The Tainted Wisdom
A Reflection Paper on the essays “Veneration without Understanding” and “Anatomy of the Anti-Hero”
“The ink of the scholar is more sacred than the blood of the martyrs.”
When I speak of Rizal using my elementary and high school orientation, I see him as someone who embodies the exceptional characteristics that no other heroes have. Other than the fact that Rizal is known for his universally acclaimed works, he was introduced to me and to others as well, as someone who shows compassion, patience, love and respect for his country and his countrymen. As to what my teacher told me, “pen is mightier than sword” and that peace is more acceptable than war. But what was beyond the cliché personality of Rizal in me was never really touched ever since.
“Art is a lie that makes us realize the truth
Reading the articles “Veneration without Understanding” by Renato Constantino and “Anatomy of the Anti-Hero” by Nick Joaquin, the Rizal that has been residing in me is slowly being defamiliarized. I was, at first, hesitant with the new ideas (some controversies) that boomed before me given the fact that some Filipinos are known for their “crab mentality.” But reality doesn’t always bite, they sometimes sting. As their ideas slowly copulate with my own, I myself started to think critically of the worthiness of Rizal in the pedestal that he is in right now. Looking at it, I imagined my ‘elementary and high school’
Rizal as a picture perfect painting that doesn’t reflect anything about his real image. It seems that I had to rediscover who Rizal “is” and forget my idea of who Rizal “was”.
Guerrero in the article “Anatomy of the Anti-Hero” claimed that Rizal is destined to be great
because he had all the advantages that he could have. In Guerrero’s point of view, Rizal was designed to be great through his middle class status in the society. Guerrero exploited the point that Rizal would be a different Rizal if he was raised the other way. Supporting ideas in the article “Veneration without Understanding” says that Rizal speaks on the point of view of the middle class. He sees and talks about the scenario in the eye and lips of an ilustrado
. That is why the Creole, the mestizo, and the wealthy Chinese characters in his novels are portrayed with mastery but he settled for hazy descriptions to his characters belonging to the masses (Veneration without Understanding). The fact that he was discouraging the revolution because of his “the right place in the right time” idea is something to also look into. Is Rizal really inconsiderate? That while he was enjoying his travel across Europe, his countrymen back home suffer denial of human rights. Or is he empathic to his countrymen? That in pursuing the idea that liberty cannot be secured at the sword’s point; he is also concern of the welfare of others.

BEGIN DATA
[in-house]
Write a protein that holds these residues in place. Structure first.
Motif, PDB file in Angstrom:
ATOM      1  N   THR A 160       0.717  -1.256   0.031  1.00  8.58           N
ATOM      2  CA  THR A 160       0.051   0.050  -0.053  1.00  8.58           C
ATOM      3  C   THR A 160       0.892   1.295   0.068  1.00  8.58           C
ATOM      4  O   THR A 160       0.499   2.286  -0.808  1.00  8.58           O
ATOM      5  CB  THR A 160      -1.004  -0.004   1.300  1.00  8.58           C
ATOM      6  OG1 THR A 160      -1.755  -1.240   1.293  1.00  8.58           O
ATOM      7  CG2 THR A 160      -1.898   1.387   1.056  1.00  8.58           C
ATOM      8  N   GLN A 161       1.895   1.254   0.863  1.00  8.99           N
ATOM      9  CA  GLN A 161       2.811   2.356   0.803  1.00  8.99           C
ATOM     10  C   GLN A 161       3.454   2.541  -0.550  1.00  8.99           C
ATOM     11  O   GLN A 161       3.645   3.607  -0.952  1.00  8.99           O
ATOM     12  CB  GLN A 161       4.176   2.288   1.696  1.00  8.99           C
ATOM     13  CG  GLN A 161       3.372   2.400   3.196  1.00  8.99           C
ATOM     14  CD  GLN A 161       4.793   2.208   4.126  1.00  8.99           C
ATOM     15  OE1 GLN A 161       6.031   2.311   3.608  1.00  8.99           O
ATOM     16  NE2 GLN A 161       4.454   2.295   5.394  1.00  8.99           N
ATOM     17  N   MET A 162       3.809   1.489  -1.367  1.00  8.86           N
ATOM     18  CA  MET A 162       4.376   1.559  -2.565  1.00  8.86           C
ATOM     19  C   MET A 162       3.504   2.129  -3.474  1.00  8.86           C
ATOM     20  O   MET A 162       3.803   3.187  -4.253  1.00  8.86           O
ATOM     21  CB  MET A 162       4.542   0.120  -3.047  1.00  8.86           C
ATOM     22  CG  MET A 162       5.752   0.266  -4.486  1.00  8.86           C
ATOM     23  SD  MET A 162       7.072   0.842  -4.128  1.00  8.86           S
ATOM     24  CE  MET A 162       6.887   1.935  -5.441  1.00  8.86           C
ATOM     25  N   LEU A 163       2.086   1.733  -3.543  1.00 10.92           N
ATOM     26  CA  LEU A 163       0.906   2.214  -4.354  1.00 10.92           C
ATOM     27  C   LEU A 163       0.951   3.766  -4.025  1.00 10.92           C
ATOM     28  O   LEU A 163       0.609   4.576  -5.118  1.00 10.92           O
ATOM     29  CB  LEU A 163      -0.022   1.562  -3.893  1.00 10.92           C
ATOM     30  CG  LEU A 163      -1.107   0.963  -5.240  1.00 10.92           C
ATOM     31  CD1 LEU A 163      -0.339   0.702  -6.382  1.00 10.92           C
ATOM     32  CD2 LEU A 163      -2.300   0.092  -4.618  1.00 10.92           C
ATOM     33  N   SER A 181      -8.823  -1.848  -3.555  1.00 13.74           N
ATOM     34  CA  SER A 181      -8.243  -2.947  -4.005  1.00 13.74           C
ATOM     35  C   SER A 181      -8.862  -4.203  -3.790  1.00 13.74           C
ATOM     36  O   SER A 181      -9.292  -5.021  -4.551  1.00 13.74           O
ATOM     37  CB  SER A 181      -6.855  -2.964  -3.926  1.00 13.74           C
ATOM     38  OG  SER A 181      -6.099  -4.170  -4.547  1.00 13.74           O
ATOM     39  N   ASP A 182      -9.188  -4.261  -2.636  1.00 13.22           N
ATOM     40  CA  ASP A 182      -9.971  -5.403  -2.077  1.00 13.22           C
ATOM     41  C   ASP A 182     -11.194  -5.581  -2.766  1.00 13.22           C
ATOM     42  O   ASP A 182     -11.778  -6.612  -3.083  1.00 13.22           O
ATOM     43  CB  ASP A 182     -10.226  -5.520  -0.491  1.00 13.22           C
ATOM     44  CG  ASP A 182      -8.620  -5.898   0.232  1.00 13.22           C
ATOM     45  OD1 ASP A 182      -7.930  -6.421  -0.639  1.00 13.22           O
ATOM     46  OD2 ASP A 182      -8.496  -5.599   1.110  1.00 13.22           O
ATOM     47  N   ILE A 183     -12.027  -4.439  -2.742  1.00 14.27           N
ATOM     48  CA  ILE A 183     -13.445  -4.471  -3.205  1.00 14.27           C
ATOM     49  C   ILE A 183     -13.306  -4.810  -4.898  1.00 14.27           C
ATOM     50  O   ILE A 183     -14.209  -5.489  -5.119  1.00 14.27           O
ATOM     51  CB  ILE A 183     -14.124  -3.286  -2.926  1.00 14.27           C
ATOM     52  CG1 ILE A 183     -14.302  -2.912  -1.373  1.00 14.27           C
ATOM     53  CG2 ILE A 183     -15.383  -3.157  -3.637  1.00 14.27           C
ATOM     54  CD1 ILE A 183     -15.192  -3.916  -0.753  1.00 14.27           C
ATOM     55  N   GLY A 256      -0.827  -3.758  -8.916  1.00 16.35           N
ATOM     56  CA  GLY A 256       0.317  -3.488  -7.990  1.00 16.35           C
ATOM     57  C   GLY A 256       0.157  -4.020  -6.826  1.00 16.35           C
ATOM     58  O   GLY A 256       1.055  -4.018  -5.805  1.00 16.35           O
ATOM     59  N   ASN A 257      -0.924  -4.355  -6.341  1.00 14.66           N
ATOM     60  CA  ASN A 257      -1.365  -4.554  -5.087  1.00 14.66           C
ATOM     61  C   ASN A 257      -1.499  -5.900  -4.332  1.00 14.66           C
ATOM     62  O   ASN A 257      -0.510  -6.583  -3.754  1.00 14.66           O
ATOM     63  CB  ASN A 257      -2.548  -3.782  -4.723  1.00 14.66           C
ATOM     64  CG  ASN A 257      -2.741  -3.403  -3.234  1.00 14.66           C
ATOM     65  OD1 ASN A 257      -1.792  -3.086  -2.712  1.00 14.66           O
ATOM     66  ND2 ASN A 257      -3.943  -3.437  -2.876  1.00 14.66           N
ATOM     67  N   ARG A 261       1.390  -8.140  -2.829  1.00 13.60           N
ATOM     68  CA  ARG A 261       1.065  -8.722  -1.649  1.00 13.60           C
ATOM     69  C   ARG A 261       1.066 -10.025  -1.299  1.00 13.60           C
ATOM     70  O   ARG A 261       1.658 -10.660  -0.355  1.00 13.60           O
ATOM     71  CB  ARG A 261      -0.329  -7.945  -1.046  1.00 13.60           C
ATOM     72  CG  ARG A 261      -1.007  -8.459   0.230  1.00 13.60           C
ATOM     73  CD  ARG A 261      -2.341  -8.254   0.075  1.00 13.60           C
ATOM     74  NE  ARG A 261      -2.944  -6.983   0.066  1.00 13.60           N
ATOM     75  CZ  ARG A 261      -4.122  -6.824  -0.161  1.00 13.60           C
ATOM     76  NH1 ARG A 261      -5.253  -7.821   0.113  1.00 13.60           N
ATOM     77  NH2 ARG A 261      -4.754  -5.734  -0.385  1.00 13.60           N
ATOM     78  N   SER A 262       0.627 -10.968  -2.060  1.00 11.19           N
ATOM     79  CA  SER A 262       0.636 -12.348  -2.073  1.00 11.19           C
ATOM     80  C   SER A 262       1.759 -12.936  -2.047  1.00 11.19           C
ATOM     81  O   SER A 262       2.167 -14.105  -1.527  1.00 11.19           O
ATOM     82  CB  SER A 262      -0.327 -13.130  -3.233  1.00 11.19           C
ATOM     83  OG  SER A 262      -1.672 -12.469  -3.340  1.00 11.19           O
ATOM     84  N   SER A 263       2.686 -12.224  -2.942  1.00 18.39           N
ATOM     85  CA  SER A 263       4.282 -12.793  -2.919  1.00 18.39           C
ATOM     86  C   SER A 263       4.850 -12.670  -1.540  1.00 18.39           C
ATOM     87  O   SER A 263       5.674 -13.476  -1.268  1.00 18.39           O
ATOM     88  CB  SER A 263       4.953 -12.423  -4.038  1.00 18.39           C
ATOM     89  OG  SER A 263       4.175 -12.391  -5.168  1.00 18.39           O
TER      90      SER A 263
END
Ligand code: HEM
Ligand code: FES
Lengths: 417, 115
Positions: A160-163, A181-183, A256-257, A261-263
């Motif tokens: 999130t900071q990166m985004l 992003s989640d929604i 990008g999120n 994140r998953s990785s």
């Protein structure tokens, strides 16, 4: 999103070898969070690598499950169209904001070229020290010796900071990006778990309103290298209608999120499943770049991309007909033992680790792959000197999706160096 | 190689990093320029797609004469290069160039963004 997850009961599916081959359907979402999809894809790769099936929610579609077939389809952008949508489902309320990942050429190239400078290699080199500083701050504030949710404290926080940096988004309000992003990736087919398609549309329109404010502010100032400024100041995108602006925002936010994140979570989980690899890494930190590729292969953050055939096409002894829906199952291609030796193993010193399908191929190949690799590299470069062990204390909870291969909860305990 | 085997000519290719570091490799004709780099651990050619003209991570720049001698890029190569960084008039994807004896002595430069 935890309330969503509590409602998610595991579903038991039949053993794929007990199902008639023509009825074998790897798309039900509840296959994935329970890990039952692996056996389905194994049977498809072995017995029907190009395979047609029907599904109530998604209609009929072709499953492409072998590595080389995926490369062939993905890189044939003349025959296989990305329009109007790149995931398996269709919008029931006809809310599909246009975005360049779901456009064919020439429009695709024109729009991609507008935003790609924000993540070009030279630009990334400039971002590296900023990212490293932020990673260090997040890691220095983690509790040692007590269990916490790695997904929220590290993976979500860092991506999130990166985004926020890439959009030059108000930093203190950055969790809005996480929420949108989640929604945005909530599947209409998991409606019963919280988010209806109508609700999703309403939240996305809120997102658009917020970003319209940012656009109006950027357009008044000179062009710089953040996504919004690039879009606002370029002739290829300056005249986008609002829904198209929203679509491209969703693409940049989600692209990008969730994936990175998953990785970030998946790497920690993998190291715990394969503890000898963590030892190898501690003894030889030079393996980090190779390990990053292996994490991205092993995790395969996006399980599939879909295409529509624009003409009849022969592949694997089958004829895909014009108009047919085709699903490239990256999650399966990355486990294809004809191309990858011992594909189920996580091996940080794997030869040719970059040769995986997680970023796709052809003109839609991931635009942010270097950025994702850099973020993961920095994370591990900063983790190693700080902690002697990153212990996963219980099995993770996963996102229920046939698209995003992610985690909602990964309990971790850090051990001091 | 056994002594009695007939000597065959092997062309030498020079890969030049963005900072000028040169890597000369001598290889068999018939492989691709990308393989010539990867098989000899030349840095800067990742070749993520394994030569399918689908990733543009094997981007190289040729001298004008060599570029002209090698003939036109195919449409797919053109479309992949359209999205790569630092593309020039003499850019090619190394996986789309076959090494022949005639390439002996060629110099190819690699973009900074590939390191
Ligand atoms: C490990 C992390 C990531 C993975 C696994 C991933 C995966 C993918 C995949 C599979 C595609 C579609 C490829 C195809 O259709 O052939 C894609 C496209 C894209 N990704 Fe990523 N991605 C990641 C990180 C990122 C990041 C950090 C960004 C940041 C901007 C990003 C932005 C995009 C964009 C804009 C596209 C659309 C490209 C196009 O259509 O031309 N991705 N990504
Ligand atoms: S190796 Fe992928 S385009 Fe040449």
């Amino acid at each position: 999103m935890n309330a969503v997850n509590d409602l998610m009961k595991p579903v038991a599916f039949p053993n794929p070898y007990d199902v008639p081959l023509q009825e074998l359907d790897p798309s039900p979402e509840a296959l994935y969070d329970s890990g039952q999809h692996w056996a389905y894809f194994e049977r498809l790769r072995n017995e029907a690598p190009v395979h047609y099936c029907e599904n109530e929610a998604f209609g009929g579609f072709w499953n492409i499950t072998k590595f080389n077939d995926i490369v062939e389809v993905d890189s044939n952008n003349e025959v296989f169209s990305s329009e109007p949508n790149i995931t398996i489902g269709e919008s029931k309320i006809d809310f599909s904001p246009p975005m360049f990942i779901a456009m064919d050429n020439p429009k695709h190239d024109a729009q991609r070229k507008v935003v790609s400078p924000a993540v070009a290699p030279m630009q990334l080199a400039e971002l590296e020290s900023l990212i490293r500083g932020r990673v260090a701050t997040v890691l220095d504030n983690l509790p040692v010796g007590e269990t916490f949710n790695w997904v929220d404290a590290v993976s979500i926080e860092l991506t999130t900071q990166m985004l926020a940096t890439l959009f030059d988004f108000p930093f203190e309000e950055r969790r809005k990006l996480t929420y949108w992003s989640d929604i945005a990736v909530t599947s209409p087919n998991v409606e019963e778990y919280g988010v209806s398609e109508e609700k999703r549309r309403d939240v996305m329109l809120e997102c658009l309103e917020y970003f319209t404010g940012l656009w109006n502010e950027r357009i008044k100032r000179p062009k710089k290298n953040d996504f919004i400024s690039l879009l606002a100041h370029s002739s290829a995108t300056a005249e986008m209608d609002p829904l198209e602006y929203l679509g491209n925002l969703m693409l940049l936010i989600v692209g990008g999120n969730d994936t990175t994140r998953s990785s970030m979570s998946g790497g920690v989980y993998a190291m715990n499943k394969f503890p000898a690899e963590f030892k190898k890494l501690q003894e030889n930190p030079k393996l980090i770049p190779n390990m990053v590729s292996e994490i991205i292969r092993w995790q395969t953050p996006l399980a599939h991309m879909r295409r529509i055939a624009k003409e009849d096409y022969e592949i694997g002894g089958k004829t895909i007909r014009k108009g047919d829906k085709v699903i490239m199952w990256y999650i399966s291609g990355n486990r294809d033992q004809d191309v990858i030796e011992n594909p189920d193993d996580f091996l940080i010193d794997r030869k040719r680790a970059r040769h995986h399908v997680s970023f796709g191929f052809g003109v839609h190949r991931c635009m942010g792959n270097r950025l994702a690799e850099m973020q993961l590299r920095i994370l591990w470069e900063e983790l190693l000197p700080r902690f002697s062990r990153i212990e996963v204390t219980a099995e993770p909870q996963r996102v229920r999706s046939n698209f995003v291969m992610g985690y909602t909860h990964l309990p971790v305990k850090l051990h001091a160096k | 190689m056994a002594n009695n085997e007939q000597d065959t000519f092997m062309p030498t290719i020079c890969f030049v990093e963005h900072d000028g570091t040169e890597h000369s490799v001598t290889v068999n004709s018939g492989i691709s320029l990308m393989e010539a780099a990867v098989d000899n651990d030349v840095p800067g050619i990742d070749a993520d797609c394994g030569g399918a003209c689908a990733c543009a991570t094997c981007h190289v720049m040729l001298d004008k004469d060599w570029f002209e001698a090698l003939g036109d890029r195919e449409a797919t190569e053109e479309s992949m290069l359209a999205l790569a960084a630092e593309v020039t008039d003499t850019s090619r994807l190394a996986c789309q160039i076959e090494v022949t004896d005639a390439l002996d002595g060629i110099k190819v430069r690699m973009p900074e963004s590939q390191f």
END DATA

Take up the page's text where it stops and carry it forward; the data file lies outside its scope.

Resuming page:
Radaic in his view point said that Rizal was very “unprivileged” and very inferior but he was able to overcome the disadvantages and rose to the pedestal. Rizal had to overcome, being small and timid during his early years, all his inferiorities to be able to excel. The point as stated by Joaquin “Rizal’s career was an effort to reduce the discrepancy between the interior image he carried of himself and the image he saw in the mirror” (Anatomy of the Anti-Hero). Because of mere determination to prevail over his inferiorities, he is now put in the pedestal where he is right now. Radaic’s inimitable anatomy of Rizal gives me an idea of a different Pepe
. It’s just that often times, it’s “our present that has been distorted by a faulty knowledge of our past” (veneration without understanding).
“Once integrity is lost, the rest is a piece of cake”
--Larry Hagman as J.R. Ewing
The two essays presented a critique of Rizal’s life. Given these, I now can believe that Rizal really exists as a human. “Veneration without Understanding” taught me that history cannot be regarded as the product of gifted individuals. The wrong connotation that we perceive our heroes as saints is very evident in each one of us. It seems that we are able to concentrate more on putting fragrance into our heroes name because we wouldn’t want our heroes to be persecuted. Before really accepting the ideas being shared to us, I guess it will be much better if we stop and think about it and be critical. Let’s face the reality that these heroes, indeed, are human that can commit mistakes, have unpleasing personalities or characteristics and can lack the necessary traits to be a hero. And by that, heroes must be scrutinized, even Rizal, our “Nation’s pride.” “The Anatomy of the Anti-Hero,” taught me that Rizal can be viewed differently by various individual. It all depends on how we will treat the controversies surrounding the hero. It is important that we be critical with the thoughts that surround our history. It’s better to be careful because once the integrity of the hero is lost; the rest of his personality can easily be deteriorated.
written by A(firstname.lastname@example.org)